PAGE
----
Ok, for starters, I have no science to back this post up. (And I don’t care.)
What I do have is 13 years on my indoor trainers, 5 in trainer road, so some historic data of progression.
I started out doing Spinervals DVD’s on my Kurt Kinetic trainer with Coach Troy (You can do it!). This was my introduction to actually practicing skills like cadence and form drills. It was great. Kept me almost fit.
After the Wahoo Kickr came a long, I wanted one but couldn’t justify the cost, but I discovered I could train with Virtual Power in Trainer Road by adding a speed and cadence sensor to my bike. $120.00 cost plus TR. Worked (and still works) great. I got into structured training, and learned a lot. Over 3 years my FTP rose to about 280.
Then I bought a used Kickr (now upgraded) and WOW it was different in ERG mode. I expected it would be harder. This was based on my previous data that clearly showed me fading on certain intervals during my programs. This fading is just how it is when you get tired as a weekend warrior. Sometimes I’d fade for a few seconds, sometimes I’d bonk the interval and just finish it low, but mostly I could not keep my sprint intervals on power.
So, I read a bunch about cycling theory to understand what I needed to change. The short version is: build your heart to pump more fully, build out your capillaries to move O2 to your muscles, then build out muscle power and speed.
(Read all of these fact sheets: EFR ~ Factsheets)
For the sake of this discussion, we’re talking about if ERG is better for building muscle power and speed. (Power = force (how hard you push) x speed (how fast you spin))
When I changed over to a Wahoo Kickr, I assumed that ERG mode would make me work hard for every full interval. No slacking off when I get tired. And yes, that’s what or does for me. I only like to train Low Volume (I do lots of outside winter activity) and it keeps me on target all the time. I feel that it helps me maximize my Low Volume training potential. It also allows me to focus on one aspect of generating power individually, or both together, or to focus on form.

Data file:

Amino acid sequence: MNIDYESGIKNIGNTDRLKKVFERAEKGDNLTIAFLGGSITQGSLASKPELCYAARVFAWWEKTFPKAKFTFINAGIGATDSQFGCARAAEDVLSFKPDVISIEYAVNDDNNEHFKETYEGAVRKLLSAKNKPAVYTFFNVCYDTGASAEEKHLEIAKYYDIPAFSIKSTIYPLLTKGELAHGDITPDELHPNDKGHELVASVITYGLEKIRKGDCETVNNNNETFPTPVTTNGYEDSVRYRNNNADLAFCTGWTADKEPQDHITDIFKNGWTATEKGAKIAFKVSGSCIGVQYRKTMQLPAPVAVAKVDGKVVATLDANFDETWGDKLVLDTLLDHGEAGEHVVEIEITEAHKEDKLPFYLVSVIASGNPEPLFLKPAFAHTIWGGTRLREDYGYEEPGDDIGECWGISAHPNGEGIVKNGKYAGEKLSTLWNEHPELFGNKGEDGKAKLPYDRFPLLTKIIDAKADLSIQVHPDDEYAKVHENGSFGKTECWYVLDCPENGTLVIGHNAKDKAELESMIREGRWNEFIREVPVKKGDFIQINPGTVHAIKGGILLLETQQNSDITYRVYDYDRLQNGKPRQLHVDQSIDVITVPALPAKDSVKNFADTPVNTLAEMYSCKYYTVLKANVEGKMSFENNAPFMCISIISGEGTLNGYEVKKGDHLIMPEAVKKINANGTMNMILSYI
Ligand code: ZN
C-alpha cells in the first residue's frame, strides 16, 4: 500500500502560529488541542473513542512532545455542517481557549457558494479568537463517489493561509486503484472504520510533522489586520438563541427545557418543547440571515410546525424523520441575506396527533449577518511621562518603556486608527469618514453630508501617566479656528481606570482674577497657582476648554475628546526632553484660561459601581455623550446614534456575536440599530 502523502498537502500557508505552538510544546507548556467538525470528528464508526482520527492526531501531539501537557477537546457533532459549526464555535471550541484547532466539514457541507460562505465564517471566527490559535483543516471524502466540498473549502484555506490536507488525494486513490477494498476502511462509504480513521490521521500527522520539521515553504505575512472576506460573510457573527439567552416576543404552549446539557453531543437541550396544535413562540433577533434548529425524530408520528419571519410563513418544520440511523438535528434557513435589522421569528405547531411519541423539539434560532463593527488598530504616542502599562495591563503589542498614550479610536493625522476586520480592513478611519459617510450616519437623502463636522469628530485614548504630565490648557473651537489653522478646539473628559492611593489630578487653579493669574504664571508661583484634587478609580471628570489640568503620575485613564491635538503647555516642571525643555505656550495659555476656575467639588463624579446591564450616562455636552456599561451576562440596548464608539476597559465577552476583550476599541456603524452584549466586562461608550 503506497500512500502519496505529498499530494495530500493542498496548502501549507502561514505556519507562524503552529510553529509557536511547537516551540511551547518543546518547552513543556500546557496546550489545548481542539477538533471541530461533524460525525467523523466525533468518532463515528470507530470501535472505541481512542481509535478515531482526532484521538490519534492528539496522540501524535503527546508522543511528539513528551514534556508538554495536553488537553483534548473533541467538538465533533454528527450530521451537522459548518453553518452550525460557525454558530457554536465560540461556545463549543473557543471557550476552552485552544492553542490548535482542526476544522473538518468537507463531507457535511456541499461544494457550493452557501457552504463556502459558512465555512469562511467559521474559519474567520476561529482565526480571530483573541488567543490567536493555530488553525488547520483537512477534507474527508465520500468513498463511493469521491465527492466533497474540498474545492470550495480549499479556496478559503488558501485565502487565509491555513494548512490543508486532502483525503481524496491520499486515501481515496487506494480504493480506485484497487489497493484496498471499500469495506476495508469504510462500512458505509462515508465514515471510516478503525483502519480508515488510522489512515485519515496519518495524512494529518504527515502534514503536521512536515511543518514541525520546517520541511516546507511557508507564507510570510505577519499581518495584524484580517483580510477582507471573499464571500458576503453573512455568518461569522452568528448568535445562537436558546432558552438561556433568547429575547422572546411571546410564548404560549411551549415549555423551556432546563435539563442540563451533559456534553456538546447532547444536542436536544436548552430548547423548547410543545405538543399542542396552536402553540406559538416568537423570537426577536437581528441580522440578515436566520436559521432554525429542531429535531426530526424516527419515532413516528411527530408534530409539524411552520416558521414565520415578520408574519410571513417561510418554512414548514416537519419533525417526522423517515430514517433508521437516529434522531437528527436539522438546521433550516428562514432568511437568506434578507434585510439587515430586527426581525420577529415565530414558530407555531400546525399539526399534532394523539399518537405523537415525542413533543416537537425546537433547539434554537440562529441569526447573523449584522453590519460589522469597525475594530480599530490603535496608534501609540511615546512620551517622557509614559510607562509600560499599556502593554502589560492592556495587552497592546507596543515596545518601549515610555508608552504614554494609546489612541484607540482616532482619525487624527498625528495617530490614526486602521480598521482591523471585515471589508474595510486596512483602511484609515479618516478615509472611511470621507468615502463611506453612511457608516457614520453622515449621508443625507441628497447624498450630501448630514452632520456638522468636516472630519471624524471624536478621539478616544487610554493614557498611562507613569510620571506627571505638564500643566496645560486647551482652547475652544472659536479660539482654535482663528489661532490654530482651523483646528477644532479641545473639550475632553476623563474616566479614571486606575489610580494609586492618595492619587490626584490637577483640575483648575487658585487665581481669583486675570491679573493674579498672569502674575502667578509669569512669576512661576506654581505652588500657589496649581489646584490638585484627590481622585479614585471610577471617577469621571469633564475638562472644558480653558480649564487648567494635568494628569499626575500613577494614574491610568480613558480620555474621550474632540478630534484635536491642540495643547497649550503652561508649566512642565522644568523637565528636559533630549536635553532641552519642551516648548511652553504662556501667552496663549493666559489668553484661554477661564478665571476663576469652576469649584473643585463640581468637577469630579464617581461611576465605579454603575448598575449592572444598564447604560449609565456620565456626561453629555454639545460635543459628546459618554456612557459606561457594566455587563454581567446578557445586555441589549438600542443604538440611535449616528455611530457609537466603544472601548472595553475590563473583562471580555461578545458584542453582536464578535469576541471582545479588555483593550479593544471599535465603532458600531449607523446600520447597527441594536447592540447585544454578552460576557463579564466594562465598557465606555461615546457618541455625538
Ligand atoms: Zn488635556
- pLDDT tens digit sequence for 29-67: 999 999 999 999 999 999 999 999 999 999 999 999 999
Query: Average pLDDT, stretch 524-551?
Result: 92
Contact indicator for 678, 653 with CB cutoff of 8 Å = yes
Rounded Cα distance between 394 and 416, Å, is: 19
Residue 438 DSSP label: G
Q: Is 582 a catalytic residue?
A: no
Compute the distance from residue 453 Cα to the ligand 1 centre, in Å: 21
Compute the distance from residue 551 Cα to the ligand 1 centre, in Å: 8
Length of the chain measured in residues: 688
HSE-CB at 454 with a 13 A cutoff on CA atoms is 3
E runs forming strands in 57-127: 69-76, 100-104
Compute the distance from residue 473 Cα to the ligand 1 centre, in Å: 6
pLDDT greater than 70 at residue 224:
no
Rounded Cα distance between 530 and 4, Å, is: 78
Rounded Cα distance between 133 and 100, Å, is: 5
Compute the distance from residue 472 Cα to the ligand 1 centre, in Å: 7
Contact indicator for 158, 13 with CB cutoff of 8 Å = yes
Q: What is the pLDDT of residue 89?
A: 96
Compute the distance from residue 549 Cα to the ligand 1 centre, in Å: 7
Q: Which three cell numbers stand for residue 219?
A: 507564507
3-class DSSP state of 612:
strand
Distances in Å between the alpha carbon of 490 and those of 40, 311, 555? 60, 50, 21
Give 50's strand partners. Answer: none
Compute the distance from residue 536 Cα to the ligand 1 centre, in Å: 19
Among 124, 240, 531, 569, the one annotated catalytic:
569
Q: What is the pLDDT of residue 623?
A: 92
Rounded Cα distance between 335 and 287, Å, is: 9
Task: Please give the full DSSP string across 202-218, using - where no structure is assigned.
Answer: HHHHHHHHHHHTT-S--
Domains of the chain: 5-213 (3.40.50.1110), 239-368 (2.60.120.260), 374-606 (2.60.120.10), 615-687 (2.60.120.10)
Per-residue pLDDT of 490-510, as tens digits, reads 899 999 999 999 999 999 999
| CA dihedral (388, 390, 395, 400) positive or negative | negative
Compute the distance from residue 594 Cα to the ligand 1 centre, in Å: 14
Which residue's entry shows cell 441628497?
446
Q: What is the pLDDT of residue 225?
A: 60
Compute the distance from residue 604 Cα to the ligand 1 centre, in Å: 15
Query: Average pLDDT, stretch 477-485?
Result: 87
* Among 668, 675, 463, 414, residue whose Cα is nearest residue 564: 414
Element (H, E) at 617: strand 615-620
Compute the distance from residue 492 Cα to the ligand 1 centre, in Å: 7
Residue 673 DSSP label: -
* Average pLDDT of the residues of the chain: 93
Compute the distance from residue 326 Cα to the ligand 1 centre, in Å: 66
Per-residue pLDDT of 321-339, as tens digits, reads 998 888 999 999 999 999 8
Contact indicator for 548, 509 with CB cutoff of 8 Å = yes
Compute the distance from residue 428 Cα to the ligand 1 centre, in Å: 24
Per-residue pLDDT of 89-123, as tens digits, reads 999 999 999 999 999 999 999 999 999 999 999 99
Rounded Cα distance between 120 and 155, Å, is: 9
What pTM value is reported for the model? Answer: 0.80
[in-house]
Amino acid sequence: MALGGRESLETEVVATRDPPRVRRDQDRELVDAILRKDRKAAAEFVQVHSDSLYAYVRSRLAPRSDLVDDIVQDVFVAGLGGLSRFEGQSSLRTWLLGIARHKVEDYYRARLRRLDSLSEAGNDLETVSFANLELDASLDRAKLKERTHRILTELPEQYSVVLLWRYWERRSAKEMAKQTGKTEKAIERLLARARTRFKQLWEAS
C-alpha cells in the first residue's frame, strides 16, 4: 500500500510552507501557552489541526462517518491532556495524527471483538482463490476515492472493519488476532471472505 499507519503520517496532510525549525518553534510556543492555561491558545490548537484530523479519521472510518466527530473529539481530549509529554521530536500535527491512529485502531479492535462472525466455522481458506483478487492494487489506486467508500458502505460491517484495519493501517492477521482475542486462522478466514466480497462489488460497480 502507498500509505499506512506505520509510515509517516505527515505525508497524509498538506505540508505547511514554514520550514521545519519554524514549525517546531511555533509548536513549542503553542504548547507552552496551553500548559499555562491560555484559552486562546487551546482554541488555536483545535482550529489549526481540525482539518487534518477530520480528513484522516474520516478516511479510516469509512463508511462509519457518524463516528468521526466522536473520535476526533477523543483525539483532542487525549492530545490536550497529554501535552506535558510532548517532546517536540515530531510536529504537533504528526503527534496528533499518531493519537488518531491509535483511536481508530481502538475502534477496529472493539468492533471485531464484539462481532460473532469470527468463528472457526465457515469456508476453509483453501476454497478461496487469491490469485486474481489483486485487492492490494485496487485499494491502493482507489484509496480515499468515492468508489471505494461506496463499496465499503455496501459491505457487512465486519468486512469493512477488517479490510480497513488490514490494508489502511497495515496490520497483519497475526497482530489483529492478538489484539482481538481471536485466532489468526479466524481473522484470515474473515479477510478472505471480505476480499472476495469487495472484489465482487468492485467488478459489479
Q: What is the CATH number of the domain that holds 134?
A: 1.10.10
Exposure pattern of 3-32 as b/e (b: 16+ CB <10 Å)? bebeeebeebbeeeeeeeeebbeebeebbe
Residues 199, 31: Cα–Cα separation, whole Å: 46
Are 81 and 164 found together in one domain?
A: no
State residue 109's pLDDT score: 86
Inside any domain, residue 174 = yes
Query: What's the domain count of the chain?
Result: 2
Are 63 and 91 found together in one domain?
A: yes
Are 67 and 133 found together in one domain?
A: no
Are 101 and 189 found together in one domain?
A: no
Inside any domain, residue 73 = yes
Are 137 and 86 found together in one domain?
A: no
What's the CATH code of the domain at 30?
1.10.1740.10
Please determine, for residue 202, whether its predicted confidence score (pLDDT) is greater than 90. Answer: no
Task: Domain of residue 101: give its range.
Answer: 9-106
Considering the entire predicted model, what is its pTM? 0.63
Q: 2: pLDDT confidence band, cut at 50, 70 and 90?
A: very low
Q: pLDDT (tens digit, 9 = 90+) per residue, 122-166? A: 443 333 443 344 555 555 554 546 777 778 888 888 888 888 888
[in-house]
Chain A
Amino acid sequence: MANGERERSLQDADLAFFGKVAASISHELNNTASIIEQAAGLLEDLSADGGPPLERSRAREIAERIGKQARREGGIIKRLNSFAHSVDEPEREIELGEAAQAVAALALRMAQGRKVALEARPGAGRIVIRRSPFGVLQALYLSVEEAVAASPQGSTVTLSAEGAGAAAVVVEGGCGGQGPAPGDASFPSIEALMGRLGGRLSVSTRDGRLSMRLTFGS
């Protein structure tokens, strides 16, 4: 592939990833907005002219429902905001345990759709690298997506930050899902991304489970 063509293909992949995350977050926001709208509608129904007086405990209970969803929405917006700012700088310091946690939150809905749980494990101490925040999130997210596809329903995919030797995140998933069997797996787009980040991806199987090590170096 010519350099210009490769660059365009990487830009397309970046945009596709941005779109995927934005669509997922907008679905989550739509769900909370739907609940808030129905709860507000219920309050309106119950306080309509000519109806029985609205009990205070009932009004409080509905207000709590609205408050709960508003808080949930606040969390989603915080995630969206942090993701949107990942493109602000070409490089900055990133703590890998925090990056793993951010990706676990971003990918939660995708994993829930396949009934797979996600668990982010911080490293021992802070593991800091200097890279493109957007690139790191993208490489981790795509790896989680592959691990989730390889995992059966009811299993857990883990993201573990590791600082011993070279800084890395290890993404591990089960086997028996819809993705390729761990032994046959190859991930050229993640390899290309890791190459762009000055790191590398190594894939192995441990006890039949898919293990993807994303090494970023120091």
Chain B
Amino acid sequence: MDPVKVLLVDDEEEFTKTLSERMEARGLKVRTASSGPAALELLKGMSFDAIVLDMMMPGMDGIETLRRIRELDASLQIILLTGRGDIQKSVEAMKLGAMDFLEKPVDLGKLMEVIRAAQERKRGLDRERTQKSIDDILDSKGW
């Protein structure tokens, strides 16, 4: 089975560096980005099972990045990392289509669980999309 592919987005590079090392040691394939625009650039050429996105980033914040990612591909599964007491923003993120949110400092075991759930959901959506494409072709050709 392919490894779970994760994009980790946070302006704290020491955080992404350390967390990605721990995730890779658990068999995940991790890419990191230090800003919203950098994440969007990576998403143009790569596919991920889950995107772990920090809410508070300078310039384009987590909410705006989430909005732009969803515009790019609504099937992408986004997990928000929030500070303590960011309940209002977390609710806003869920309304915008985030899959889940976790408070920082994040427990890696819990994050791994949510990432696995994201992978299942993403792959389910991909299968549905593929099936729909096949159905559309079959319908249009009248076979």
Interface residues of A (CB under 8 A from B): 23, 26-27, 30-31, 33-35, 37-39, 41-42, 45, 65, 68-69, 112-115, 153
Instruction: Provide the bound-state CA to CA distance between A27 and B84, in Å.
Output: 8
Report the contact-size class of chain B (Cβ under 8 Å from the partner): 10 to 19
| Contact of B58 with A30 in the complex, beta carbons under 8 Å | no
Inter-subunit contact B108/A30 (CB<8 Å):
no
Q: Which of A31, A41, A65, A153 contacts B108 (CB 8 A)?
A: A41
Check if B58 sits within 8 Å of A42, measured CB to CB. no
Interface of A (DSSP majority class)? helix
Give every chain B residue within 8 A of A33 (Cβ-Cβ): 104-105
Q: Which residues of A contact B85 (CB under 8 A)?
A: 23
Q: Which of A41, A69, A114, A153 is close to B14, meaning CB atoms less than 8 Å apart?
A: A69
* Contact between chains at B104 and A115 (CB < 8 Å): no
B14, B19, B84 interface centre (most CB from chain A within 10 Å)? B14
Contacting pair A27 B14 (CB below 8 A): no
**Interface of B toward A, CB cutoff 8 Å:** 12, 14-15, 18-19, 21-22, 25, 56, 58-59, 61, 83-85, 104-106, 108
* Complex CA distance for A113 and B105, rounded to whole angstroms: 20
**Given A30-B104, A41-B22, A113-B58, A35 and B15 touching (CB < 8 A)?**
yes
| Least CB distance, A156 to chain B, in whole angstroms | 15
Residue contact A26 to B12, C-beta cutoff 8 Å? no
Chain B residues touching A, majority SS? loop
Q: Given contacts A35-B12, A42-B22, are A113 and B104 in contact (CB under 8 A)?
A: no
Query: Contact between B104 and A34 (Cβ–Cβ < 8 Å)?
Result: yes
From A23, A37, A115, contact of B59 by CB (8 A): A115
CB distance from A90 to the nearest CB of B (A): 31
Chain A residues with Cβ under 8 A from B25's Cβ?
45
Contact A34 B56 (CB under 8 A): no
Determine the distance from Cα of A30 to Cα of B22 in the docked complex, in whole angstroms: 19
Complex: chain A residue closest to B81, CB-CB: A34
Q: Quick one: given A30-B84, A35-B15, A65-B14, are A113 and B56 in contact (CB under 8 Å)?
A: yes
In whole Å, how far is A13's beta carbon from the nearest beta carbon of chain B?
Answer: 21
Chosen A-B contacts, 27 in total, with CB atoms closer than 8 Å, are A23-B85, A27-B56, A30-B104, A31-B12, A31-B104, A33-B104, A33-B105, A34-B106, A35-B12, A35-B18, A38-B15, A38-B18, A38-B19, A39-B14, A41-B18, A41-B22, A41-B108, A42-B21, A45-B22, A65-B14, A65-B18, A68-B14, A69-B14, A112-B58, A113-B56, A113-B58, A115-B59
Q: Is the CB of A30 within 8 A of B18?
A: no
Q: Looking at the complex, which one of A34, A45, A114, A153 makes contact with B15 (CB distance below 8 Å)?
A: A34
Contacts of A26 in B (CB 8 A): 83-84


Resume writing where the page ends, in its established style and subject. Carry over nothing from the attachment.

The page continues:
My goal for the last 2 training season (Oct - May) have been to extend my FTP and increase my cadence. So, FTP endurance if that makes sense. I’ve seen my FTP test out now at 315 watts, but I don’t care about increasing it. It takes more work than I’m willing to put in. As a mountain bike instructor, I’ve found it more useful to be able to output 303w for 3 hours than 340w for 20mins. I’ve increased my usual cadence to 85 minimum with peaks over 120rpm. This gives me a lot of flexibility on how I generate watts when riding.
One counter intuitive thing I do is set my FTP slightly low in Trainer Road. I set it between 290 and 300 (not my tested 315). This keeps my target wattages in intervals a little lower than what I could peak at and I find it helps me to maintain and build higher cadences. It also means that I rarely bonk an interval. When I do want to work on slow cadence for climbing or standing, the slightly lower FTP saves my bad knees and hip for excess strain. I’m using ERG mode and I feel that I get good training results because I stay on power with high cadence in the complete interval even though the targets are touch reduced.
In Tour de Zwift this season consistently finished top 25% (top 10% a few times) in my categories, with output power over 300w for much of the ‘race’ ( note that I’m 100kg so there is no expectation of finishing first, but if the course of flat or rolling…)
I don’t think ERG has any real impact on muscle fiber develoment, other than the impact of getting you to work hard on target. But if you’re not completing the intervals and program with regular bonks, I’d suggest lowering your FTP to help you complete more.